Interview with Piotr Pustelnik, only 2 away from all the 8000ers
09:53 a.m. EDT Jun 20, 2003
ExplorersWeb caught up with 51 year-old Polish climber Piotr Pustelnik just on the heels of his Manaslu summit. The expedition really stuck it out there this year despite the extraordinary high winds, and the Piotrís summit was not without consequence. He is back in Poland now, recovering from some frostbite to his fingers.
Piotr now has 12 of the 14, 8000ers completed. He has climbed Gasherbrum II twice (1990 and 1997), Nanga Parbat in 1992, Cho Oyu and Shisha Pangma Main in 1993, Dhaulagiri in 1994, Everest in 1995, K2 from the North in 1996, Gasherbrum I in 1997, Lhotse in 2000, Kangchenjunga in 2001, and Makalu in 2002.
Not only does he want to finish all the 8000ers in 2004, by climbing Annapurna and Broad Peak back to back, but he also has a vision for Everest in the winter!
Check out the interview:
ExWeb: How was Manaslu compared to your previous climbs, was it harder, easier, and how did the weather affect you?
PP: I found the expedition to Manaslu the hardest compared to my last three climbs. Maybe K2 in 1996 from North was harder. I didn't have such a bad weather even on Kangchenjunga in 2001, and now I understand why even excellent climbers were talking about Manaslu with such a deep respect.
ExWeb: You are now only 2 away from all 14, 8000ers. What are your plans for the future?
PP: Well, it's true only I only have Annapurna and Broad Peak left, but "only" is not a proper word. "Still" is a better description. I have a big respect for Annapurna not only because of statistics but mainly because it's very hard from the South and dangerous from North. I need more time to organize a good team and to figure out how to get there. Generally, I want to make both peaks in 2004, starting during the springtime in Nepal and then continuing on to the Karakorum in the summer.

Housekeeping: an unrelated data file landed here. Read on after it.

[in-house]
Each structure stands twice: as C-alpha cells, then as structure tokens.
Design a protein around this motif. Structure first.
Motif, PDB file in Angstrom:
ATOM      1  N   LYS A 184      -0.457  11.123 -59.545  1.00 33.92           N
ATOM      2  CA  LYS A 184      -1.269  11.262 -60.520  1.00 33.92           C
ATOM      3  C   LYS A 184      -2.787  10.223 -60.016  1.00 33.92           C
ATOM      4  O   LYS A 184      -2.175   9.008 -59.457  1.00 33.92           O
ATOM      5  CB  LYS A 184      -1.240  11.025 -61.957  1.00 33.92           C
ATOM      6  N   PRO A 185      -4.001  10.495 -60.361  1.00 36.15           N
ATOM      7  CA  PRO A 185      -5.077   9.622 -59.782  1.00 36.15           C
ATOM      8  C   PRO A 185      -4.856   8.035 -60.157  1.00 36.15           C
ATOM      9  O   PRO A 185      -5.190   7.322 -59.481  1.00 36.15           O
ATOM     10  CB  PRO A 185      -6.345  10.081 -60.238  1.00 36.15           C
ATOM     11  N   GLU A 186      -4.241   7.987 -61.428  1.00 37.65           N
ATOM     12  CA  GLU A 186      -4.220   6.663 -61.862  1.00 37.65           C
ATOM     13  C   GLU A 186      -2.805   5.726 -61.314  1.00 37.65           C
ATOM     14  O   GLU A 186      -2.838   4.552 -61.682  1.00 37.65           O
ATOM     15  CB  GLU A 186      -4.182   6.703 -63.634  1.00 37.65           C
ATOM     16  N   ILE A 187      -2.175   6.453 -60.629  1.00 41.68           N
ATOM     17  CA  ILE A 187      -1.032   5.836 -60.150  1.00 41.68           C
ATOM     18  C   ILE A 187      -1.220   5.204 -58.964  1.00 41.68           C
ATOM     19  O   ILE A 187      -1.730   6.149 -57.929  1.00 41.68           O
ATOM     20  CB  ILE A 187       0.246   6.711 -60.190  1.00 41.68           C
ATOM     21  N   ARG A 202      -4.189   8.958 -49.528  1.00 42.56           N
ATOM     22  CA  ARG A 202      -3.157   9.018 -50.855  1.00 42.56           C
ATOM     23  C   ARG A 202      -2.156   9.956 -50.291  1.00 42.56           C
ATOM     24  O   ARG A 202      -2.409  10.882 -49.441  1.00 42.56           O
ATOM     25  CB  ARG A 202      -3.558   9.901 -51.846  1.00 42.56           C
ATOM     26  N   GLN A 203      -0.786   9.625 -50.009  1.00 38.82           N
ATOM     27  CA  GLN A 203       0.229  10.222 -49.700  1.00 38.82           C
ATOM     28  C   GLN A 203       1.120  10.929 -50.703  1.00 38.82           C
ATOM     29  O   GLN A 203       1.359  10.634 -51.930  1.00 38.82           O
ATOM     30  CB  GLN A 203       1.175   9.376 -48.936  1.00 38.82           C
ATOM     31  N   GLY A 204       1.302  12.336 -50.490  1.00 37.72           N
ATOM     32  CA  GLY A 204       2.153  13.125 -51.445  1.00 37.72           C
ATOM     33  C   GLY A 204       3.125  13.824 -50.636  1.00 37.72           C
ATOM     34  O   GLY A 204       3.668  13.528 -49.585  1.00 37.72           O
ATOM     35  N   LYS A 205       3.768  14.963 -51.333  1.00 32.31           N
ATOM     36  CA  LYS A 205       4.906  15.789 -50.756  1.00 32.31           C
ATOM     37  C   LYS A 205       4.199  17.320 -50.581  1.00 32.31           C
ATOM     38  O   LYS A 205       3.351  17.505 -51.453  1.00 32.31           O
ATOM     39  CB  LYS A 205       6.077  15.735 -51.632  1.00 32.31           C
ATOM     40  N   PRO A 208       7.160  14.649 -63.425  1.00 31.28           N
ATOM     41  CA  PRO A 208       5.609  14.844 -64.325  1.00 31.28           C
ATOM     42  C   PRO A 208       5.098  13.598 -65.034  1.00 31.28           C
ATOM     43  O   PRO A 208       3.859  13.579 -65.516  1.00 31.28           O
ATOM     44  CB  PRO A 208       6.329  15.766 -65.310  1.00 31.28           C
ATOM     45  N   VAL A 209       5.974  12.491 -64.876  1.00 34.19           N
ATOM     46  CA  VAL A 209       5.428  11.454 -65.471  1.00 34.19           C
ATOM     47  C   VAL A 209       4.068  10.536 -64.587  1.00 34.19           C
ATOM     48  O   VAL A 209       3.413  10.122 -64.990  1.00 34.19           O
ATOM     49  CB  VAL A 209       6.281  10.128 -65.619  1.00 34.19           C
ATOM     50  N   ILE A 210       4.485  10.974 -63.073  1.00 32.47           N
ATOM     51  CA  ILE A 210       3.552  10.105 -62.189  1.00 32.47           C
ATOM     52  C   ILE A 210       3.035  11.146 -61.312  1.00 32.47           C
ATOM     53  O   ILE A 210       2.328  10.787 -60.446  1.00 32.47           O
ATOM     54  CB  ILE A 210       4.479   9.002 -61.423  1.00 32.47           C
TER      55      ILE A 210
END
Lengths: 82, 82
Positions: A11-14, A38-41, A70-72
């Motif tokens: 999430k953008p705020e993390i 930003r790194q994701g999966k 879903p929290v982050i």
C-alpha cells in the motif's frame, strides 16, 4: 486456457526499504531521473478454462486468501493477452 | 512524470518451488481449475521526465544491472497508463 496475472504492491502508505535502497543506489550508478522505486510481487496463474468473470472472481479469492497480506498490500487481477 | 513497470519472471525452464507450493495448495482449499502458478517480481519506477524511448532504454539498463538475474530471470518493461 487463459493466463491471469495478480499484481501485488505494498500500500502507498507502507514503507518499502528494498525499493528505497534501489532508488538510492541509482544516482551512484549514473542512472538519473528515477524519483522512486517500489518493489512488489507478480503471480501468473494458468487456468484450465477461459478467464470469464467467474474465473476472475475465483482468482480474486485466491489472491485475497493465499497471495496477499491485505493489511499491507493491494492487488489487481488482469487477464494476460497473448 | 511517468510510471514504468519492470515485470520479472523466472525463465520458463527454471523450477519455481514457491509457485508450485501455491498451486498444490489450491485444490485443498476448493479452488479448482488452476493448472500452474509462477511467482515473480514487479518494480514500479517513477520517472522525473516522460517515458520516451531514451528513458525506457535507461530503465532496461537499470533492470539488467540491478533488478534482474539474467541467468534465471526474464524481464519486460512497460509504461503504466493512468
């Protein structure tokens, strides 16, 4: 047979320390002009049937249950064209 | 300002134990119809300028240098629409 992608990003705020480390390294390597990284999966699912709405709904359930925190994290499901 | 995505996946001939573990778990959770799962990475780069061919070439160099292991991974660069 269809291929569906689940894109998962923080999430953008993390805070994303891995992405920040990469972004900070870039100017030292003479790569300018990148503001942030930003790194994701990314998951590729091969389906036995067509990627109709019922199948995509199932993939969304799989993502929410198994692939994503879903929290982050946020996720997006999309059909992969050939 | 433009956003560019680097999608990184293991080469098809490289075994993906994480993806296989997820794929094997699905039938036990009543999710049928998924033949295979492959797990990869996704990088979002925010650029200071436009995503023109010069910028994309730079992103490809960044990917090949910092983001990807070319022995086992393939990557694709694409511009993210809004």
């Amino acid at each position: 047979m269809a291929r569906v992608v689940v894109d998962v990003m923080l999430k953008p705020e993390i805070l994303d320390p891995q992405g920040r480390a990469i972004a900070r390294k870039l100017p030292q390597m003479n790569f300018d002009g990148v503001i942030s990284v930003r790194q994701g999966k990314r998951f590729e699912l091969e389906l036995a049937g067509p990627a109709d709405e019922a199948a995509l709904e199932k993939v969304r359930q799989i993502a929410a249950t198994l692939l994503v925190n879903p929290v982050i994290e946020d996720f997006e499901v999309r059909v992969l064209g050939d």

ExWeb: How did the climb go this year - did all the memberes on the expedition get along well?
PP:This year my team was maybe not the strongest from all of my previous expeditions, but they were very consistent. That's why from all climbers left at the end of expedition almost all had a summit bid. Also on summit day, of the four climbers who went for it, two reached the summit. The rest were quite high but stop pushing up for different reasons. So the conclusion is obvious; the team was good enough for Manaslu.
ExWeb: Howís your frostbite doing, and when are you expected to be fully recovered?
PP: My frostbite is on four fingers but only one has it seriously. Doctors are giving me a 50% chance for a full recovery without surgery, but the estimated time to heal is 2-3 months and then another 1-2 months for skin rebuilding. So, Iíve suspended all my plans until next year. Well, maybe fingers are not so important for man's existence and activities, but I love my fingers and want to have them to the end.
ExWeb: From all your climbs, when were you the most scared?
PP: Well, I was scared on my first expedition to GII when coming down from the summit. I had been taken down by an avalanche and stopped nearly at the edge of steep slope that ended on the glacier, but it just boosted my adrenaline and thatís it. Now on Manaslu I was scared from the first day to last. Believe me, I felt a lot of discomfort.
ExWeb: Is there a climb or project that you really want to do?
PP: I have two secret dreams; first to go back to Makalu and climb the West Pillar and my second is to do winter expedition on the North side of Everest. You think I am crazy?
ExWeb: Not crazy, just very motivated! Now, what does motivate you to climb? Why are you so passionate about it and do you ever plan to stop climbing?
PP: Well, I started climbing 30 years ago. Really! So my motivations have changed many times but one thing is still the same, my fascination of mountains and my drive to feel the thin air. That's why I will climb to the end of my ability to do so. I hope it will come very late in my life. You know, on the top of Everest I said to myself, "It would be great to see the world from all 8000ers." At the time I didn't take it seriously but a couple years later this thought came back to me like a boomerang and I started to race for all the 8000ers. Who knows why? Now I feel that mountains react on me like a magnet. The closer you are, the stronger their influence is.
Image from this spring's Manaslu expedition courtesy of klubzdobywcow.pl